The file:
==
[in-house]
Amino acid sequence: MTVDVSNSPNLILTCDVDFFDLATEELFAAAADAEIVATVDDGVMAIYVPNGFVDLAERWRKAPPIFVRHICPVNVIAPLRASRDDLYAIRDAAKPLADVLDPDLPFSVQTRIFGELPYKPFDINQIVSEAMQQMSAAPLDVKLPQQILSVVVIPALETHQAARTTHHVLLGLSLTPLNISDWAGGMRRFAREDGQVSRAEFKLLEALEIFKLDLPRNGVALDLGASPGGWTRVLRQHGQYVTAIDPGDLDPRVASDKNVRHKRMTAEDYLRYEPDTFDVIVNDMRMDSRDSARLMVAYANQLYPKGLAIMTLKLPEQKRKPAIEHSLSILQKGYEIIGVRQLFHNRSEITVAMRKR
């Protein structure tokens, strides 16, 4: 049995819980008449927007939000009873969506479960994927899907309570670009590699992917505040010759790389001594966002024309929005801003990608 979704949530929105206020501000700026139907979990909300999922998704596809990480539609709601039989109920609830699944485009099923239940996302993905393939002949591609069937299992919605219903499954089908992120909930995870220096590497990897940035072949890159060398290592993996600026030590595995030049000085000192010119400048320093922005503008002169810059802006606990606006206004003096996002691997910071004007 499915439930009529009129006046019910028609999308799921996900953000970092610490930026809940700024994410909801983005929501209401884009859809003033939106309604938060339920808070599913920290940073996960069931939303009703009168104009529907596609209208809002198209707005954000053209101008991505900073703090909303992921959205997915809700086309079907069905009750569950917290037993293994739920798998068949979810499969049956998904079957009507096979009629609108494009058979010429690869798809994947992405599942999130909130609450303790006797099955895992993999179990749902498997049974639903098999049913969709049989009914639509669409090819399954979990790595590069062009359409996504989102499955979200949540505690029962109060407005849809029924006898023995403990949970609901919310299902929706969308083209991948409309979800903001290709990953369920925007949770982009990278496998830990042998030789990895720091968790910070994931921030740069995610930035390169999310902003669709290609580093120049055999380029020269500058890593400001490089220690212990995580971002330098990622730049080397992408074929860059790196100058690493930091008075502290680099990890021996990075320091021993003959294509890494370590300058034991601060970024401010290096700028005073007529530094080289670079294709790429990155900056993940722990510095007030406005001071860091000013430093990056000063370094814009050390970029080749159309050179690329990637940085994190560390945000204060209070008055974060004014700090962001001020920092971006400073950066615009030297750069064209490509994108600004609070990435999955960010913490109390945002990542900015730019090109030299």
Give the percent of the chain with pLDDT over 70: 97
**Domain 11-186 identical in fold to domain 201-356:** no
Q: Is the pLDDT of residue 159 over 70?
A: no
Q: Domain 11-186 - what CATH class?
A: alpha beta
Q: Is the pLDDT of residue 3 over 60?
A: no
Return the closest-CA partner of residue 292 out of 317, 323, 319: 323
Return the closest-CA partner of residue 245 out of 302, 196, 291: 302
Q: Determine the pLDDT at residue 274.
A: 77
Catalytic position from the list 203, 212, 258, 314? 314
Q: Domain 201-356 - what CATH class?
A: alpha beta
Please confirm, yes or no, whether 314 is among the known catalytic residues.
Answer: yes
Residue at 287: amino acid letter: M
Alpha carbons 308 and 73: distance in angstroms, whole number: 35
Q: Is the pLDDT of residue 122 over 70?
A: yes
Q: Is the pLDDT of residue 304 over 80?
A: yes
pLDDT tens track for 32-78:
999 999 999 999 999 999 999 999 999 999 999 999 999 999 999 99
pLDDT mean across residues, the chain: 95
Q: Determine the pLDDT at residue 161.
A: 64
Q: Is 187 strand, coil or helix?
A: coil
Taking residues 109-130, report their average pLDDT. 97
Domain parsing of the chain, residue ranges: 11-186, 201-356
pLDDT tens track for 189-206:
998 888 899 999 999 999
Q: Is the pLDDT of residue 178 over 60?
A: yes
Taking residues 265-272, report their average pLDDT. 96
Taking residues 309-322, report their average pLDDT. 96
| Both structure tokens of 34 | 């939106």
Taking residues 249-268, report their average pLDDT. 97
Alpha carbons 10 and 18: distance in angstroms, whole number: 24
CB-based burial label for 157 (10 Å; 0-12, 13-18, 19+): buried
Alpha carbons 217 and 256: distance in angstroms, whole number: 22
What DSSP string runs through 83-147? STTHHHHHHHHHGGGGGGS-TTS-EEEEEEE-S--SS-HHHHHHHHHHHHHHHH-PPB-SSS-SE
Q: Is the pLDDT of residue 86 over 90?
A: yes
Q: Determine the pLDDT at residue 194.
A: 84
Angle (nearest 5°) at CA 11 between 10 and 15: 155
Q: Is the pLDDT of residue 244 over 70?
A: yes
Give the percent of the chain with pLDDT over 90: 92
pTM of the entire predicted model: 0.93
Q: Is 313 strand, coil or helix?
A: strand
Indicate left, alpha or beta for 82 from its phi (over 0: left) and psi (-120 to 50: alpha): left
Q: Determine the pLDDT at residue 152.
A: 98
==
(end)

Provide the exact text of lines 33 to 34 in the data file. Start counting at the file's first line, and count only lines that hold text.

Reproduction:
A: coil
Taking residues 109-130, report their average pLDDT. 97